Opinion: Iraq's not Vietnam
By Nicholas D. Kristof
UMM QASR, Iraq — Let's be clear: Iraq will not turn into another Vietnam.
I keep getting doleful e-mail from Vietnam vets drawing the comparison, but it's false. Sure, bloody street fighting in Baghdad may lie ahead, even after a couple of days of breathtaking coalition advances. But the U.S. will easily win this war — expeditiously by historical standards (remember that just four years ago, President Clinton required 78 days of airstrikes to subdue the Serbs and protect Kosovo).
Yet if this isn't Vietnam, neither is it the Afghanistan campaign, where we were hailed as liberators. I was in Afghanistan during that war, and the difference is manifest. Afghans were giddy and jubilant, while Iraqis now are typically sullen and distrustful — and thirsty.
And that's our biggest long-term problem. For all the talk about our forces being short of armored divisions, or our supply lines being stretched so taut that marines were down to one meal a day, those are tactical issues that will be forgotten six months from now. The fundamental and strategic challenge is that so far many ordinary Iraqis regard us, as best I can tell, as conquerors rather than liberators.
Vice President Dick Cheney said on "Meet the Press" on March 16 that "we will, in fact, be greeted as liberators." And Deputy Defense Secretary Paul Wolfowitz said of the Iraqis in a speech to the Veterans of Foreign Wars on March 11: "Like the people of France in the 1940's, they view us as their hoped-for liberator. They know that America will not come as a conqueror."
It's too early to know definitively what Iraqis think, and for now, the signals are mixed, with jubilation in Najaf and anger in many other areas. Iraq these days is almost as varied, tribal and polarized a society as the U.S. (a California bumper sticker declares, "Regime change starts at home"). All in all, most Iraqis seem watchful and ambivalent, as reflected in this conversation I had near Safwan with a Shiite farmer in his 40's.
"Money was O.K. under Saddam," he said. "Freedom was not so good. As a people, we were doing O.K. before the invasion. But the war upsets our lives. It brings destruction."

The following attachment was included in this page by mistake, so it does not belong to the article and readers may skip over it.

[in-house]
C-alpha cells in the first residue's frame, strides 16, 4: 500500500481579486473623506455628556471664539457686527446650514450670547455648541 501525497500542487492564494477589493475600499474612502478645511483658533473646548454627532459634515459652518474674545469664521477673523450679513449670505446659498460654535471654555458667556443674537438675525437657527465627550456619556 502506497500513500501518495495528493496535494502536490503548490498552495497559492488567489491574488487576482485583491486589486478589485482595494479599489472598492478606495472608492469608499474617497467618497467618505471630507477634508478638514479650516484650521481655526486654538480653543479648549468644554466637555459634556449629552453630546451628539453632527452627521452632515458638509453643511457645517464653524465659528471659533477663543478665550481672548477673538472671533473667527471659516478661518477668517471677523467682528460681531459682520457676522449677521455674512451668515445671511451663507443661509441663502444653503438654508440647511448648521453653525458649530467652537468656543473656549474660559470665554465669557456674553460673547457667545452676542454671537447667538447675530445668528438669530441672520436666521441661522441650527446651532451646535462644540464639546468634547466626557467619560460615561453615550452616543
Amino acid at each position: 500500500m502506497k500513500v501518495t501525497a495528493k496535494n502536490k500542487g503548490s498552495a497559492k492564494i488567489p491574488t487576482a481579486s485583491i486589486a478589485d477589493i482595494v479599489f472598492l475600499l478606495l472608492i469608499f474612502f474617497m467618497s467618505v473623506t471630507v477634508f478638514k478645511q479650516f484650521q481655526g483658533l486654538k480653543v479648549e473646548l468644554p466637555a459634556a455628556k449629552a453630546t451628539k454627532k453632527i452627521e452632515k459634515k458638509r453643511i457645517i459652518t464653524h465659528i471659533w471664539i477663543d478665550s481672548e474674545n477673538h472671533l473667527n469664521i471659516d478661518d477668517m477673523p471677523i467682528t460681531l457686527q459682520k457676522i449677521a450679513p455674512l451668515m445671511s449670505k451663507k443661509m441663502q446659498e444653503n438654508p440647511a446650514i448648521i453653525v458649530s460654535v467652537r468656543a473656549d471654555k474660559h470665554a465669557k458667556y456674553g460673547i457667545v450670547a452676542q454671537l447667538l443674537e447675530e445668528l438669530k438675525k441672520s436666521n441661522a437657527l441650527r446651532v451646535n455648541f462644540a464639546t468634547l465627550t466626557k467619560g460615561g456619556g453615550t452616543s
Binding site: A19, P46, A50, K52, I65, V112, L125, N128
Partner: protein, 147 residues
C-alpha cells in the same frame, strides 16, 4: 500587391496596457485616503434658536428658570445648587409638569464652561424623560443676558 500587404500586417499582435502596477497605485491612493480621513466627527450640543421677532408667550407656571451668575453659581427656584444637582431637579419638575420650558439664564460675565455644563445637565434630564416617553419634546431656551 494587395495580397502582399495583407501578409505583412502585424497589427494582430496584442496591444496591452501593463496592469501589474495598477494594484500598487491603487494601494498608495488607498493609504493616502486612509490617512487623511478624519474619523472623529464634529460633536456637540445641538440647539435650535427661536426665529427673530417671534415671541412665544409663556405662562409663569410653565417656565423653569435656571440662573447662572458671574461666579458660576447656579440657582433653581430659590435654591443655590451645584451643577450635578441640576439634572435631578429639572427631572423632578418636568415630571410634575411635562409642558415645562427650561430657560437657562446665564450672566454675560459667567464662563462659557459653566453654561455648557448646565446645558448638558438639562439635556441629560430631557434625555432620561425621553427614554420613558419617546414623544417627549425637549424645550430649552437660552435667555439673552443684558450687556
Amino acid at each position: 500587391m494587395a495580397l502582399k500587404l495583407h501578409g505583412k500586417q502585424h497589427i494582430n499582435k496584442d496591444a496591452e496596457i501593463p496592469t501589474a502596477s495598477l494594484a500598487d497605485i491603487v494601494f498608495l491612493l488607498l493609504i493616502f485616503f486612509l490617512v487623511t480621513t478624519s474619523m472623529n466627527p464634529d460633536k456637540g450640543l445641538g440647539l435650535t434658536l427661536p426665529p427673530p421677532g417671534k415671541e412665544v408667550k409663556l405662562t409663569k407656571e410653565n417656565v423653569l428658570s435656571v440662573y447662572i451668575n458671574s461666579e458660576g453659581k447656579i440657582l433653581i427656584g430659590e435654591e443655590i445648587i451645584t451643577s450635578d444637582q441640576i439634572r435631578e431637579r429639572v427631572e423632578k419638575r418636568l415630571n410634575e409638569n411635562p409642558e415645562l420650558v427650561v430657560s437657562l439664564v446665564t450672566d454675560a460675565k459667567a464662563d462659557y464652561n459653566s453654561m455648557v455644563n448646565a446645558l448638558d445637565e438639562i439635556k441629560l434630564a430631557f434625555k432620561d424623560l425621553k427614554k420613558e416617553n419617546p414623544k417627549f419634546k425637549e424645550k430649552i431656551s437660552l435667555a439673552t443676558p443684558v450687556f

"Do you think the aftermath of the war will bring improvements?" I asked.
He shrugged. "Only God knows."
"So do you think Saddam is a good president or a bad president?"
"Saddam is a good president." Long pause. "Well, maybe not good. So-so."
Fear of Saddam explains some of the reticence (half the Iraqis I've asked have said Saddam will win the war), but you also see nationalism fermenting in Iraqis who proclaim that they will fight U.S. occupation the way Palestinians fight Israeli occupation. The risk is not that America will lose the war, but that it will never fully establish a peace. Already the coalition-controlled south is, particularly after dusk, a Hobbesian world of banditry and anarchy. One Arab expert dourly suggested to me that Iraq could emerge as "another Lebanon."
Yet even if many Iraqis are suspicious now, there's hope of bringing them around. Consider Germany and Japan in 1945, when initial attitudes toward Americans were ferocious. One of my best Japanese friends was born in 1945, and his father wrote from the field to instruct his mother to kill the baby if the American brutes landed in Japan. As for Germany, the first significant German city occupied by the Americans was Aachen, and there the U.S. troops initially could not find a single German sympathetic to the Allies.
Sensitivity and diplomacy managed to turn around public opinion in Japan and Germany, and it's reassuring that the coalition has shown such sensitivity in its march on Baghdad and its patient siege of Basra, which could be a model for the siege of Baghdad. But this administration wages war better than it wages diplomacy, and the Pentagon's apparent plan to make an Iraqi leader out of Ahmad Chalabi, whose support lies along the Potomac rather than the Tigris or Euphrates, is emblematic of the administration's Attila-the-Hun brand of diplomacy, which risks antagonizing the world and alienating the Iraqi people themselves.
So today the paramount question is not whether we will win this war, but whether we can persuade ordinary Iraqis to accept our victory. The Iraqi jury is still out. The danger is not that Iraq will turn into another Vietnam but that after our victory, it could turn into another Lebanon or Gaza.
Nicholas D. Kristof is an op-ed columnist for the New York Times.